The Baltimore Orioles once were among baseball's most respected and stable franchises.
But the team that played in four World Series in the late '60s and early '70s, which gave its fans Frank and Brooks Robinson, Boog Powell, Jim Palmer, Eddie Murray, and Cal Ripken Jr., which built Camden Yards and revolutionized baseball in the '90s, has fallen on desperate times.
The Orioles, amazingly, haven't had a winning season since 1997.
So, out with the old; in with the new. The Birds sacked over-the-hill starters Adam Eaton and Mark Hendrickson, brought up highly touted minor-league outfielder Nolan Reimold, and on Friday capped an instant rebuilding spurt by bringing up former No. 1 draft pick Matt Wieters to catch.
The starting rotation now includes rookies Brad Bergesen (2-2), Jason Berken (1-1) and David Hernandez (1-0) - all of whom earned wins in their major-league debuts.
Reimold, who made his debut May 14, has five homers, 16 hits and 11 RBIs in 60 at-bats.
Best of all, the veterans are on board with it.
"Rebuilding is not only bringing a young guy to the big leagues," said third baseman Melvin Mora. "It's bringing a guy who has an idea what the big leagues are about, what winning is about.
"All the players they're bringing up have an idea what they're doing, especially the pitchers, and now we have a guy, Wieters, who knows what to do behind the plate."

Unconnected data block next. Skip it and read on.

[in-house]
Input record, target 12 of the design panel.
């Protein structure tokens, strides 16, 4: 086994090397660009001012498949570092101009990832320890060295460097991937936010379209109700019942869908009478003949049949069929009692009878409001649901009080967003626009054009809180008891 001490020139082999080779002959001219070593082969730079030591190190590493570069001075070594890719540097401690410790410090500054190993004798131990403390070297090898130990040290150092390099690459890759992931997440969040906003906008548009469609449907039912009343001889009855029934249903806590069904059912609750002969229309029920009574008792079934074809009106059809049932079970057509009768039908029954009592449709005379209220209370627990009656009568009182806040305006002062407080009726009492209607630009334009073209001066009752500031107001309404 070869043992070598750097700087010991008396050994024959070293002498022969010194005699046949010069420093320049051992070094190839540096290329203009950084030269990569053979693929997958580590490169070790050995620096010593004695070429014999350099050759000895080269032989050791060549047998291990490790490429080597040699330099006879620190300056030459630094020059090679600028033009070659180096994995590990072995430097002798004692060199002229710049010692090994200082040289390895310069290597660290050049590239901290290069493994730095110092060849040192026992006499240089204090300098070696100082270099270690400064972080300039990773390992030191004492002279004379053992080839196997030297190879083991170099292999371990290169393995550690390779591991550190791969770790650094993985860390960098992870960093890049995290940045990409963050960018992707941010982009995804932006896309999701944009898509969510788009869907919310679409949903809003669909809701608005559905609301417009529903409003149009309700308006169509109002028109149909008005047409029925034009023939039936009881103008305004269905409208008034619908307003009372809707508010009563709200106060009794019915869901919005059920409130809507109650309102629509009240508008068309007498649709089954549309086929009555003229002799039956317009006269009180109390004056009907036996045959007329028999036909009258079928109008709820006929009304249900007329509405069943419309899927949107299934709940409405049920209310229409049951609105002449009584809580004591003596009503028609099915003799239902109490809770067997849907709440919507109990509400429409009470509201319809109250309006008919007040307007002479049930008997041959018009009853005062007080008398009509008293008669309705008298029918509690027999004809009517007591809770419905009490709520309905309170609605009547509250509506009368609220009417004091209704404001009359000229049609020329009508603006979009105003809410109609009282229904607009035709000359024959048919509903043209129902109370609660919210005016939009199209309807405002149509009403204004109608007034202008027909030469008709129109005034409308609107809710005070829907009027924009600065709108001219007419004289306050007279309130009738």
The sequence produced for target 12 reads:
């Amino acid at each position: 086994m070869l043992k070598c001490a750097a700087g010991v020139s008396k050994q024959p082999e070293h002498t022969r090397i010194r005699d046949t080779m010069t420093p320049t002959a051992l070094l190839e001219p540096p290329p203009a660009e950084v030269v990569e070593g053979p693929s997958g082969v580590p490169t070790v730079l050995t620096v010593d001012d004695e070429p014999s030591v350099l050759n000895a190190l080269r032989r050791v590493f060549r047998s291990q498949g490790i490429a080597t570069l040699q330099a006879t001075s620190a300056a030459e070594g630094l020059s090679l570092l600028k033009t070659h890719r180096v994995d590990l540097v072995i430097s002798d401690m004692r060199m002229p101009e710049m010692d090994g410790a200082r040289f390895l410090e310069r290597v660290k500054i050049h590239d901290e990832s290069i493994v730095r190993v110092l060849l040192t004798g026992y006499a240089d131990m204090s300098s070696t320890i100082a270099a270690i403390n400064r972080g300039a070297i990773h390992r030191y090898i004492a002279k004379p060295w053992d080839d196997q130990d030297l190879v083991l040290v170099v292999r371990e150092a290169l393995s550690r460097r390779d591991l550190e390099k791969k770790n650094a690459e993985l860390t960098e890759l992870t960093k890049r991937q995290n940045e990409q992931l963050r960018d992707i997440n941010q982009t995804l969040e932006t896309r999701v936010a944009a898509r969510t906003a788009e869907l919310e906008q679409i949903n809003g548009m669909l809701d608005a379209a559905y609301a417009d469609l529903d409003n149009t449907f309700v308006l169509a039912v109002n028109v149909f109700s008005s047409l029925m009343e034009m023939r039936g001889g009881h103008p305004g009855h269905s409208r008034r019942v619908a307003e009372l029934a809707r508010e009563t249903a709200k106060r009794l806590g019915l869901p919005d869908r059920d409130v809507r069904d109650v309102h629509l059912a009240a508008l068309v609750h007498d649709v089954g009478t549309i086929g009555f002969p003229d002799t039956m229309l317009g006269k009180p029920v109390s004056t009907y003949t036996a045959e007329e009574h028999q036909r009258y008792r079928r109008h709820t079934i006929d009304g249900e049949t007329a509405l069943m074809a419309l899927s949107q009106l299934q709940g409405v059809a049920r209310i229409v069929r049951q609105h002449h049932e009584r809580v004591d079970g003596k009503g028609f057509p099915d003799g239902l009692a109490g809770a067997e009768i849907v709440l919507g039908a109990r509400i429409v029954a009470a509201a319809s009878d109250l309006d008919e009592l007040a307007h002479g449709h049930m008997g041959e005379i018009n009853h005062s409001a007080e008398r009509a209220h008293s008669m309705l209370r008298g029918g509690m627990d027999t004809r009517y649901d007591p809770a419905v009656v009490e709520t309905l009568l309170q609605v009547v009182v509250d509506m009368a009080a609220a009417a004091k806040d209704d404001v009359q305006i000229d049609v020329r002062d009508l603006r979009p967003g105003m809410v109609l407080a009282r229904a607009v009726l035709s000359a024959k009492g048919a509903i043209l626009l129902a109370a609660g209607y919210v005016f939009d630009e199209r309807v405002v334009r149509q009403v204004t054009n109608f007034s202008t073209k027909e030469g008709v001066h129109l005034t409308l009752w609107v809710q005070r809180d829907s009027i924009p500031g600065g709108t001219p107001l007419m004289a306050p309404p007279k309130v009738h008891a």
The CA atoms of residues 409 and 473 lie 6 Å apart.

Credit team president Andy McPhail, who refused to panic and bring the young guys up before they were ready.
Youth movement, Part II
The Oakland A's said righthander Vin Mazzaro will make his major-league debut tomorrow night against the Chicago White Sox. The 22-year-old Mazzaro, a third-round pick in the 2005 draft, will join fellow rookies Trevor Cahill, Brett Anderson, and former Phillies prospect Josh Outman in the rotation. (Outman went to Oakland in the deal that brought Joe Blanton to Philadelphia last summer.)
The costs keep rising
New York Assemblyman Richard Brodsky claims that nearly $4 billion in financing and tax breaks over 30 years were used to build the new Yankee Stadium.
Pressed to provide data, team officials said it would cost taxpayers more than $5 million to produce internal records sought by lawmakers.
Yankees' CEO Lonn Trost, in Albany for hearings into public financing of the stadium yesterday, said Brodsky was "grandstanding."
Elected officials in the world's media capital "grandstanding?" We're totally shocked.
Melky Cabrera was back in the Yankees' starting lineup after missing four games with a bruised right shoulder. . . . Cleveland put reliever Rafael Betancourt on the 15-day disabled list with a strained right groin. . . . The White Sox pushed Bartolo Colon back a day in the rotation and started righthander Gavin Floyd against Oakland last night. . . . Yankees lefthander Andy Pettitte says he will make his scheduled start against Texas tomorrow after leaving a game Friday with a stiff back. . . . Outfielder Grady Sizemore could need arthroscopic surgery if two more weeks of rest don't calm his inflamed left elbow, Indians trainer Lonnie Soloff said.